The use of cortocosteroids in toxic PE
There has been considerable debate about the rationale for the use of systemic and inhaled steroids in the treatment of toxic pulmonary oedema

Theoretically there should be many advantages such as the inhibition of phospholipase A2 via induced lipomodulin and macrocortin. inhibition of macrophages, inhibition of production of prostanoids and leucotrienes and stimulation of surfactant production in type II cells. However Diller[18] felt the case for use to be unproven. Beneficial effects only follow early administration while late administration may be deleterious (inhibition of production of type I cells and enhanced fibroblast production). More recently studies have been published on animal models. Demnati et al[19] showed a reduction in airway resistance following the adminstration of dexamethasone to chlorine exposed. Gunarsson and Walther[20] published results from a pig study where inhaled beclomethasone showed improved PaO2, improved V/Q and less histological damage. However species differences exist and results should be applied with caution to man. At the present time use of inhaled steroids for developing toxic PE in man should not be discounted given the limited therapeutic options. Another tool to combat the development of toxic PE is the use of acetyl cysteine. The rationale is to increase intracellular glutathione levels to prevent lipid peroxidation induced PE. It is known that phosgene reacts with-SH groups and reduces GSH levels. Sciuto et al[21] have published a study in which phosgene-exposed rabbits receiving n-acetyl systeine treatment produced lower pulmonary wet weights and higher GSH levels inhibiting production of inflammatory leucotrienes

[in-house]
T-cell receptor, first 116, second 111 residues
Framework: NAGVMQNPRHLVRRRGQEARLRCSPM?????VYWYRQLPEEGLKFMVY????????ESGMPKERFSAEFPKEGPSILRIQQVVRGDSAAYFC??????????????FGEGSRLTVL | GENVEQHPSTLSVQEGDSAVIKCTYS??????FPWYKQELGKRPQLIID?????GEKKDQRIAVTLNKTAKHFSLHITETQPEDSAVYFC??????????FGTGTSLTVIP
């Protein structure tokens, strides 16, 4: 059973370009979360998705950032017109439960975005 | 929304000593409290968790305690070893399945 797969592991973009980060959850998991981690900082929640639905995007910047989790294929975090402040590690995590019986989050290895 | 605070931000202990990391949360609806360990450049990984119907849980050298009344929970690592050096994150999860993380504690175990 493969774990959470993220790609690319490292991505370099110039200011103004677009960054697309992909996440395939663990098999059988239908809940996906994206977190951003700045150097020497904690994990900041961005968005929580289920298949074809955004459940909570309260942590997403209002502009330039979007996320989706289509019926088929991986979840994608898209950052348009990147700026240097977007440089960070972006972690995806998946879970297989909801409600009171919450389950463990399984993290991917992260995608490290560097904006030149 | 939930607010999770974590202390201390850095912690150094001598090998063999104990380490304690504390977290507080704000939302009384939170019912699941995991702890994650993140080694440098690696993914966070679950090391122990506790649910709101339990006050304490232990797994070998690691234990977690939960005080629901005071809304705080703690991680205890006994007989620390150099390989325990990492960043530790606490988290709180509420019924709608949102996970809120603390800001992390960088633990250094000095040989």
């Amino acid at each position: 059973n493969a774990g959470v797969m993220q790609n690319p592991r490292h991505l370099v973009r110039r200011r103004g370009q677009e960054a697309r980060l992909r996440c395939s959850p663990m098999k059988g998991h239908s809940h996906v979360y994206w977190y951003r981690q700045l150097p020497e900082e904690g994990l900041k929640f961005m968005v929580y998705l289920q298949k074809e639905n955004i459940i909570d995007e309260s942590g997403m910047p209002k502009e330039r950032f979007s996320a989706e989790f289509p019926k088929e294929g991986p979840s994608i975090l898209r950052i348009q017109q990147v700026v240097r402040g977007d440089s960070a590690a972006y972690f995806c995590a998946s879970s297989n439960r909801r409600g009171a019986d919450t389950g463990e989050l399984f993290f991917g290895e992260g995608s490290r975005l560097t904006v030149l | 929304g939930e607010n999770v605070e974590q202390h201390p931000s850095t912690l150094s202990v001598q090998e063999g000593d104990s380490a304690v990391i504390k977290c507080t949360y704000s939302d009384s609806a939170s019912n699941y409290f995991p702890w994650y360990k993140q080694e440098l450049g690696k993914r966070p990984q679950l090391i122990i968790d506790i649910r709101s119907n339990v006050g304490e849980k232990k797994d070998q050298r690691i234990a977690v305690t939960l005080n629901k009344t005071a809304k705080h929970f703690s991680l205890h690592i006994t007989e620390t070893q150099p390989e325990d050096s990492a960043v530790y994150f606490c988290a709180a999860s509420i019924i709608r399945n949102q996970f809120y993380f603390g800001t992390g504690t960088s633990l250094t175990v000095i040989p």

Ventilation and developing toxic PE
The timing and technique of IPPV may have important consequences for the management of development of toxic PE In particular the early use of bag valve mask ventilation may have deleterious effect on damaged alveolar tissue. It is known that automatic ventilation from portable emergency ventilators provides more accurate ventilation in the field than BVM techniques Poorly controlled emergency ventilation may cause alveolar wall damage. It is now known that inappropriate ventilation in the intensive care unit may provoke ARDS due to kinin release due to repeated opening and closing of alveoli. This has lead to the 'open lung' strategy of pressure support ventilation where collapsed alveoli are opened and then kept open by application of PEEP and low tidal volumes[22],[23] This technique may have an application in the early management of patients who are at risk of developing toxic pulmonary oedema

Hydrogen cyanide
Hydrogen cyanide is one of several agents known formally as 'blood ' agents although the term is a misnomer since the agent acts at the mitochondrial level of the cells. HCN in high concentrations is rapidly fatal. The LCt50 has been estimated at 200 mg m-3 for 10 minutes. HCN acts by binding to the iron atom in cytochrome oxidase enzymes inhibiting the catalytic function that allows oxygen to act as an electron receptor and thus produce ATP. This means that 'hypoxia' occurs at the tissue level which cannot theoretically be reversed by restoring oxygenation of the blood by resuscitation measures.